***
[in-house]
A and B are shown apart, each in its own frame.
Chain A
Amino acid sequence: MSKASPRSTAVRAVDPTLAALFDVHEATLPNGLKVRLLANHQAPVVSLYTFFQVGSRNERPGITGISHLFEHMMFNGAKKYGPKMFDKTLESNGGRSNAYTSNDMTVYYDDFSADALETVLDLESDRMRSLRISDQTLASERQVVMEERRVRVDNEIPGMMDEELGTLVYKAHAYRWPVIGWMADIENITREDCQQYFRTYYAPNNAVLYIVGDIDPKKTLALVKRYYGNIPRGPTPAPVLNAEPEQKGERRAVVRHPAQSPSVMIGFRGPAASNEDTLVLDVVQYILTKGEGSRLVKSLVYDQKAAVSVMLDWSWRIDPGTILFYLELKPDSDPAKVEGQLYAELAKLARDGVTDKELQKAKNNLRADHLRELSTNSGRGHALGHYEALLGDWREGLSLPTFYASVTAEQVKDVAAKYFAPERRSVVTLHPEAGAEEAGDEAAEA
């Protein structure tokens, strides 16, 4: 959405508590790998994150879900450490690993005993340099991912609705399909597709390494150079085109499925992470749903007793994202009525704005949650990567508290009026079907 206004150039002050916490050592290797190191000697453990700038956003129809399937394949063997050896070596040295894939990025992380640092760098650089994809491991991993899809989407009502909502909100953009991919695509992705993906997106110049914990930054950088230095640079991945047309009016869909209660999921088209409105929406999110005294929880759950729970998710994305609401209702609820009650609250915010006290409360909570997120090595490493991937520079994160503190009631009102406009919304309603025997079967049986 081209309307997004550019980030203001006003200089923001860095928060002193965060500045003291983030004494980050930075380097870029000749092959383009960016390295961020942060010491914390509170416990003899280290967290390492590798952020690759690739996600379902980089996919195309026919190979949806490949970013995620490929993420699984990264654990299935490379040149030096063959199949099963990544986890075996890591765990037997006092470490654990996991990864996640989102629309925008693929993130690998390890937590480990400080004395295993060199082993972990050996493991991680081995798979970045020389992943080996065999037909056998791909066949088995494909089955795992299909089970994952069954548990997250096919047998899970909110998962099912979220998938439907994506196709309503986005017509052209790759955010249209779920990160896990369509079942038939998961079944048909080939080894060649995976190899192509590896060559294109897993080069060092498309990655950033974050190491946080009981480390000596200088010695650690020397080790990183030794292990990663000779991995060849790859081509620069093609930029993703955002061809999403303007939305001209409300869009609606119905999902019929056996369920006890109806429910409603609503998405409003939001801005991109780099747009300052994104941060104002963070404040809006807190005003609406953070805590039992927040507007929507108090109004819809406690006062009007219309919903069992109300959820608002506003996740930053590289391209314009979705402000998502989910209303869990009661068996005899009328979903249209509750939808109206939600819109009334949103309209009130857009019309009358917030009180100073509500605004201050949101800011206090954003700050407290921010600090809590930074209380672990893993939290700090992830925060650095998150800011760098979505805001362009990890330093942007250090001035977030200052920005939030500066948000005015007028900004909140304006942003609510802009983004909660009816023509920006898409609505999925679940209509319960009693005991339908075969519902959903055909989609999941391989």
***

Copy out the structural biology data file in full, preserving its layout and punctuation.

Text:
[in-house]
A and B are shown apart, each in its own frame.
Chain A
Amino acid sequence: MSKASPRSTAVRAVDPTLAALFDVHEATLPNGLKVRLLANHQAPVVSLYTFFQVGSRNERPGITGISHLFEHMMFNGAKKYGPKMFDKTLESNGGRSNAYTSNDMTVYYDDFSADALETVLDLESDRMRSLRISDQTLASERQVVMEERRVRVDNEIPGMMDEELGTLVYKAHAYRWPVIGWMADIENITREDCQQYFRTYYAPNNAVLYIVGDIDPKKTLALVKRYYGNIPRGPTPAPVLNAEPEQKGERRAVVRHPAQSPSVMIGFRGPAASNEDTLVLDVVQYILTKGEGSRLVKSLVYDQKAAVSVMLDWSWRIDPGTILFYLELKPDSDPAKVEGQLYAELAKLARDGVTDKELQKAKNNLRADHLRELSTNSGRGHALGHYEALLGDWREGLSLPTFYASVTAEQVKDVAAKYFAPERRSVVTLHPEAGAEEAGDEAAEA
């Protein structure tokens, strides 16, 4: 959405508590790998994150879900450490690993005993340099991912609705399909597709390494150079085109499925992470749903007793994202009525704005949650990567508290009026079907 206004150039002050916490050592290797190191000697453990700038956003129809399937394949063997050896070596040295894939990025992380640092760098650089994809491991991993899809989407009502909502909100953009991919695509992705993906997106110049914990930054950088230095640079991945047309009016869909209660999921088209409105929406999110005294929880759950729970998710994305609401209702609820009650609250915010006290409360909570997120090595490493991937520079994160503190009631009102406009919304309603025997079967049986 081209309307997004550019980030203001006003200089923001860095928060002193965060500045003291983030004494980050930075380097870029000749092959383009960016390295961020942060010491914390509170416990003899280290967290390492590798952020690759690739996600379902980089996919195309026919190979949806490949970013995620490929993420699984990264654990299935490379040149030096063959199949099963990544986890075996890591765990037997006092470490654990996991990864996640989102629309925008693929993130690998390890937590480990400080004395295993060199082993972990050996493991991680081995798979970045020389992943080996065999037909056998791909066949088995494909089955795992299909089970994952069954548990997250096919047998899970909110998962099912979220998938439907994506196709309503986005017509052209790759955010249209779920990160896990369509079942038939998961079944048909080939080894060649995976190899192509590896060559294109897993080069060092498309990655950033974050190491946080009981480390000596200088010695650690020397080790990183030794292990990663000779991995060849790859081509620069093609930029993703955002061809999403303007939305001209409300869009609606119905999902019929056996369920006890109806429910409603609503998405409003939001801005991109780099747009300052994104941060104002963070404040809006807190005003609406953070805590039992927040507007929507108090109004819809406690006062009007219309919903069992109300959820608002506003996740930053590289391209314009979705402000998502989910209303869990009661068996005899009328979903249209509750939808109206939600819109009334949103309209009130857009019309009358917030009180100073509500605004201050949101800011206090954003700050407290921010600090809590930074209380672990893993939290700090992830925060650095998150800011760098979505805001362009990890330093942007250090001035977030200052920005939030500066948000005015007028900004909140304006942003609510802009983004909660009816023509920006898409609505999925679940209509319960009693005991339908075969519902959903055909989609999941391989």